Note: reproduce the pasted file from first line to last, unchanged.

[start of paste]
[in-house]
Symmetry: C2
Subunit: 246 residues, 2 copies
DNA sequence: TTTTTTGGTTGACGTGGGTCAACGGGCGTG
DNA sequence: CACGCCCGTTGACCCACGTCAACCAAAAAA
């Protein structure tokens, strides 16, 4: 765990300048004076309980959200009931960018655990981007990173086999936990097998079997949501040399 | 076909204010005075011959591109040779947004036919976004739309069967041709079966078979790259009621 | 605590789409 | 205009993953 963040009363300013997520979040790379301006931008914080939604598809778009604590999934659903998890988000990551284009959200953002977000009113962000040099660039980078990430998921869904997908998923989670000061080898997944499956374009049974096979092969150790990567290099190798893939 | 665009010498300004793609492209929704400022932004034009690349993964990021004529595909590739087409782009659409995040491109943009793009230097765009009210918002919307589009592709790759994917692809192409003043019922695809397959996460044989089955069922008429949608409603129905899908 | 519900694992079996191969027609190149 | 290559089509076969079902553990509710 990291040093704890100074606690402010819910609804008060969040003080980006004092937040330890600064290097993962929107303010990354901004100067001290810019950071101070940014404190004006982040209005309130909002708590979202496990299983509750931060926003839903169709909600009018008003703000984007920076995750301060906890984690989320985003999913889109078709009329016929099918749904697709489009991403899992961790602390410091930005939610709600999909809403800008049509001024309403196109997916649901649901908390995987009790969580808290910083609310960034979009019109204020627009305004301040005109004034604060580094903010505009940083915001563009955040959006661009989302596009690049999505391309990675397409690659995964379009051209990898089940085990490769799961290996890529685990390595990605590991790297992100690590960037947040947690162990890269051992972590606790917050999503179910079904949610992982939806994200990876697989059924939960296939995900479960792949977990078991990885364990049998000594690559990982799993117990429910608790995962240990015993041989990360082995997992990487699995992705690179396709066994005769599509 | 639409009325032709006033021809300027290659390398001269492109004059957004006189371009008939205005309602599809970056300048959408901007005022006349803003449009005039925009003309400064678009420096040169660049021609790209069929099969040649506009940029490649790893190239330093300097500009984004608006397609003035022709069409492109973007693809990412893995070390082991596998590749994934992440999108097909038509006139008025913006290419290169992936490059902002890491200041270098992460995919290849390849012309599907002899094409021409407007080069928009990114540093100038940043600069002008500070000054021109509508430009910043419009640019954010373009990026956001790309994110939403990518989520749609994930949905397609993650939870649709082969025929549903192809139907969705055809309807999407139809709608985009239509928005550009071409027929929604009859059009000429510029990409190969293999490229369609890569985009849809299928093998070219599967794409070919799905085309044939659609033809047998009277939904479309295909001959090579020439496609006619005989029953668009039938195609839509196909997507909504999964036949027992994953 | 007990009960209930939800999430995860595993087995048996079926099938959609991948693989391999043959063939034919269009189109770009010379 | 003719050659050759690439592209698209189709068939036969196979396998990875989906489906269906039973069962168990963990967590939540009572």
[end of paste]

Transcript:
[in-house]
Symmetry: C2
Subunit: 246 residues, 2 copies
DNA sequence: TTTTTTGGTTGACGTGGGTCAACGGGCGTG
DNA sequence: CACGCCCGTTGACCCACGTCAACCAAAAAA
């Protein structure tokens, strides 16, 4: 765990300048004076309980959200009931960018655990981007990173086999936990097998079997949501040399 | 076909204010005075011959591109040779947004036919976004739309069967041709079966078979790259009621 | 605590789409 | 205009993953 963040009363300013997520979040790379301006931008914080939604598809778009604590999934659903998890988000990551284009959200953002977000009113962000040099660039980078990430998921869904997908998923989670000061080898997944499956374009049974096979092969150790990567290099190798893939 | 665009010498300004793609492209929704400022932004034009690349993964990021004529595909590739087409782009659409995040491109943009793009230097765009009210918002919307589009592709790759994917692809192409003043019922695809397959996460044989089955069922008429949608409603129905899908 | 519900694992079996191969027609190149 | 290559089509076969079902553990509710 990291040093704890100074606690402010819910609804008060969040003080980006004092937040330890600064290097993962929107303010990354901004100067001290810019950071101070940014404190004006982040209005309130909002708590979202496990299983509750931060926003839903169709909600009018008003703000984007920076995750301060906890984690989320985003999913889109078709009329016929099918749904697709489009991403899992961790602390410091930005939610709600999909809403800008049509001024309403196109997916649901649901908390995987009790969580808290910083609310960034979009019109204020627009305004301040005109004034604060580094903010505009940083915001563009955040959006661009989302596009690049999505391309990675397409690659995964379009051209990898089940085990490769799961290996890529685990390595990605590991790297992100690590960037947040947690162990890269051992972590606790917050999503179910079904949610992982939806994200990876697989059924939960296939995900479960792949977990078991990885364990049998000594690559990982799993117990429910608790995962240990015993041989990360082995997992990487699995992705690179396709066994005769599509 | 639409009325032709006033021809300027290659390398001269492109004059957004006189371009008939205005309602599809970056300048959408901007005022006349803003449009005039925009003309400064678009420096040169660049021609790209069929099969040649506009940029490649790893190239330093300097500009984004608006397609003035022709069409492109973007693809990412893995070390082991596998590749994934992440999108097909038509006139008025913006290419290169992936490059902002890491200041270098992460995919290849390849012309599907002899094409021409407007080069928009990114540093100038940043600069002008500070000054021109509508430009910043419009640019954010373009990026956001790309994110939403990518989520749609994930949905397609993650939870649709082969025929549903192809139907969705055809309807999407139809709608985009239509928005550009071409027929929604009859059009000429510029990409190969293999490229369609890569985009849809299928093998070219599967794409070919799905085309044939659609033809047998009277939904479309295909001959090579020439496609006619005989029953668009039938195609839509196909997507909504999964036949027992994953 | 007990009960209930939800999430995860595993087995048996079926099938959609991948693989391999043959063939034919269009189109770009010379 | 003719050659050759690439592209698209189709068939036969196979396998990875989906489906269906039973069962168990963990967590939540009572």